1. Oh Louise! I feel all warm and happy and delighted inside, and also mightily entertained by your twist on my romance-metaphor :D What I wouldn't give for fancy maple sugar! And you're right - step 5 is the best part of the process ;)

    (I also feel silly because I ate my batch so quickly it never actually made it into a bowl with milk... but it did work with milk?)

  2. Glad you liked the twisting of the metaphor Hannah, I thought it was inspired brilliance myself. I thought it important in a blog response. And I'm sure you would enjoy the maple sugar- it's rather entrancing. You will have to make a double batch next time- plenty left to try with milk. It did work with milk. I had it again today, with some fresh blueberries on top. Actually today I thought there was a bit much of a note from the almond extract, which I didn't notice yesterday when just eating handfuls of it, I use soy milk on my cereal not sure if that's why or not. Still, I might halve the almond extract next time. And it could have been even more cinnamony I though- I often put a shake of cinnamon onto my regular store bought muesli, so I'm used to a bit of a punch to the cinnamon taste buds of a morning.

  3. Sounds lovely Louise - love maple syrup - and I think this is one I could eat, except I never have been a cereal person. At present I'm a corn cruskett and hummus breakfast girl.

  4. I've been trying to eat more healthy foods since I've come back from France this summer. For me, the first thing I've eliminated from my diet are the highly processed foods. Goodbye, chips and frozen pizzas and fast foods. The second thing that has been reduced significantly is sweets. So long, candies and cookies and cakes and donuts.

    Instead, I've been eating fresh fruits and vegetables and cheese and fresh breads and yogurts.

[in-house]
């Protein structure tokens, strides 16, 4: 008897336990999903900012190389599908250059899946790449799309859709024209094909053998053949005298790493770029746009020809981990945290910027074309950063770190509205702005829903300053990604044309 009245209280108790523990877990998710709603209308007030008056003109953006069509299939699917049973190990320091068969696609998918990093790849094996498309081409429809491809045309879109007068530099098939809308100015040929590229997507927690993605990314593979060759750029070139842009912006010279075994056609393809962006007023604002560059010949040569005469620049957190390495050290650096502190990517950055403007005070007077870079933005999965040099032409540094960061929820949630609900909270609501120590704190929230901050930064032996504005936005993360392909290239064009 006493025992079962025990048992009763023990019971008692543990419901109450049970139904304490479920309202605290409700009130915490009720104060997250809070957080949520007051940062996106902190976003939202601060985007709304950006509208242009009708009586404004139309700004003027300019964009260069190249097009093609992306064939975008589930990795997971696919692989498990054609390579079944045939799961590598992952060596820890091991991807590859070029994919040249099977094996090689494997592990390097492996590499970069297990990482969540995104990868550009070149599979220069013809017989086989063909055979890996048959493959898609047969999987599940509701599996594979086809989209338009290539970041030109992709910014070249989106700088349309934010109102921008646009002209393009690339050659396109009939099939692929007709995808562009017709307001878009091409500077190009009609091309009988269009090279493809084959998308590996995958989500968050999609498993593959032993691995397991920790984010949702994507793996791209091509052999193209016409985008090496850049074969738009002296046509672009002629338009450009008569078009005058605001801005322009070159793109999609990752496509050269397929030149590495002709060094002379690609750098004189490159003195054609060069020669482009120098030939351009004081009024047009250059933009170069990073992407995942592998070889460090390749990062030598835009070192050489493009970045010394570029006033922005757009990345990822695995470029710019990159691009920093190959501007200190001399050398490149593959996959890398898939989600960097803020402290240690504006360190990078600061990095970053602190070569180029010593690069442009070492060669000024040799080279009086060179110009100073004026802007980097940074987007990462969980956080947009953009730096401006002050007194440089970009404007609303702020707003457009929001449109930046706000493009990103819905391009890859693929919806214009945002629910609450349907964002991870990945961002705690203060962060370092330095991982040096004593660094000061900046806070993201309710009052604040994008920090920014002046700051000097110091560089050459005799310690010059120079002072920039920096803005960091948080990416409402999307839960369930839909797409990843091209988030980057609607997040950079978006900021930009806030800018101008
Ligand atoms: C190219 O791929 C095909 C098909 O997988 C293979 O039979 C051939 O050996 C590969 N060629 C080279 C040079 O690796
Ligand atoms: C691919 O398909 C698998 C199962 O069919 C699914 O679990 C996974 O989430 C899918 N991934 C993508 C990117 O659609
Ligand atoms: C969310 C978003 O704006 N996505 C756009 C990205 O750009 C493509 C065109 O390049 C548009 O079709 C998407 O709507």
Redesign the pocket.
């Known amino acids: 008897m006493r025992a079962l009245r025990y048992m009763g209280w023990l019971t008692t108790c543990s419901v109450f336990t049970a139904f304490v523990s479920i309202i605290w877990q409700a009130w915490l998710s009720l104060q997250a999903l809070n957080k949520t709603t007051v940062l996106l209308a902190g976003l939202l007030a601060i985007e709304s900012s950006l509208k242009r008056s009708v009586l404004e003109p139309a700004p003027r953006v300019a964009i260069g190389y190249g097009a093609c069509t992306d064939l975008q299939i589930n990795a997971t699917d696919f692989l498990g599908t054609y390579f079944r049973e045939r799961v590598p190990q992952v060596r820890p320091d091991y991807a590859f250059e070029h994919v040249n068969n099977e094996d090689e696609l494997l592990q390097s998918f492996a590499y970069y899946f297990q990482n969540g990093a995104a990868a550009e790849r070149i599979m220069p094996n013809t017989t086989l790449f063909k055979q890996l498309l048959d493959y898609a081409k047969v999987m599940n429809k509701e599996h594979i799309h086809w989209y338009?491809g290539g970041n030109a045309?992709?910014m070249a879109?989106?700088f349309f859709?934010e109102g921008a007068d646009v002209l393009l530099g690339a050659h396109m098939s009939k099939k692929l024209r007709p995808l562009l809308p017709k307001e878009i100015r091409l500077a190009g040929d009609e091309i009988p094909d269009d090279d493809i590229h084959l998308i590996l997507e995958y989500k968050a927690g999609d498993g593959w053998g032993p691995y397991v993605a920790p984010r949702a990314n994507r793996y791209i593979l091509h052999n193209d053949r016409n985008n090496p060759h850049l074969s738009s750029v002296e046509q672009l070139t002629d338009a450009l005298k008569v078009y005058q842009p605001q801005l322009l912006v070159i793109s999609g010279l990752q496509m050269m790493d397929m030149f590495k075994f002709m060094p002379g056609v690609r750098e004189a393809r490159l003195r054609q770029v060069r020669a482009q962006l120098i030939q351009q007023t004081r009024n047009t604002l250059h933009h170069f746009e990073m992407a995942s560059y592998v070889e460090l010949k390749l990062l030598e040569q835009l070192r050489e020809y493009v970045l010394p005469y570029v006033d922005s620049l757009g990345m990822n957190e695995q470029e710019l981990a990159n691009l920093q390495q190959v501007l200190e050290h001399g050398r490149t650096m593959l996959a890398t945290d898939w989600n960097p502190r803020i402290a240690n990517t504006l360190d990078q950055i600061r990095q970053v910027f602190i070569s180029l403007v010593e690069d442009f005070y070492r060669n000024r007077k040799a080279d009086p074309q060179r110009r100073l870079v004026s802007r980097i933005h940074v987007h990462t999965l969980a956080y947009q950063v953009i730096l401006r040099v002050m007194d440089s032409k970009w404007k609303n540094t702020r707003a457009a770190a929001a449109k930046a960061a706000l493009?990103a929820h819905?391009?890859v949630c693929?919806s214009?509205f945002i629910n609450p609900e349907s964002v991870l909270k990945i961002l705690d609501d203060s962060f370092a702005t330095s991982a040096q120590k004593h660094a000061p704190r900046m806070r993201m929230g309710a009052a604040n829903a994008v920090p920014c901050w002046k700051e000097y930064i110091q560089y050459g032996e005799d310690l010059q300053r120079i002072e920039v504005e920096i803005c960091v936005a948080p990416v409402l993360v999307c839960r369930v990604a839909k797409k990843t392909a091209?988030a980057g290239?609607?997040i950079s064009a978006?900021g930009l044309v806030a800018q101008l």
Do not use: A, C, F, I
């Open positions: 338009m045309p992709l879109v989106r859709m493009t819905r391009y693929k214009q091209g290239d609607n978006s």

Hope I can sustain eating this way. I feel better.

    Perhaps there are further changes I need to make.

  5. Sue, it's funny how people differ with their breakfast preferences. I much prefer cereal, can occasionally do toast, but really couldn't come at cruskits and hummus for breakfast. Lunch would be fine, but I just wouldn't choose to eat that at brekkie. I was just reading a travel article yesterday about a tourist company that catered mainly for Australians cruising to the Antarctic. They nearly forgot the vegemite on time (actually they'd ordered marmite instead) and only narrowly avoided a mutiny by getting vegemite rushed over in time for sailing.

  6. Debbie, you've already done amazingly well if you've made a change that has lasted since your trip. It's easy to be inspired for a week or two, but to make changes that last months is hard. We never really ate that much processed food at home. Still, I think nearly everyone can think about their diet and improve it in some way. I know that I'm eating better at the moment, much more fruit and vegetables than I did before, and more legumes, which I only ate rather occasionally before. I'm sure they're frightfully good for me.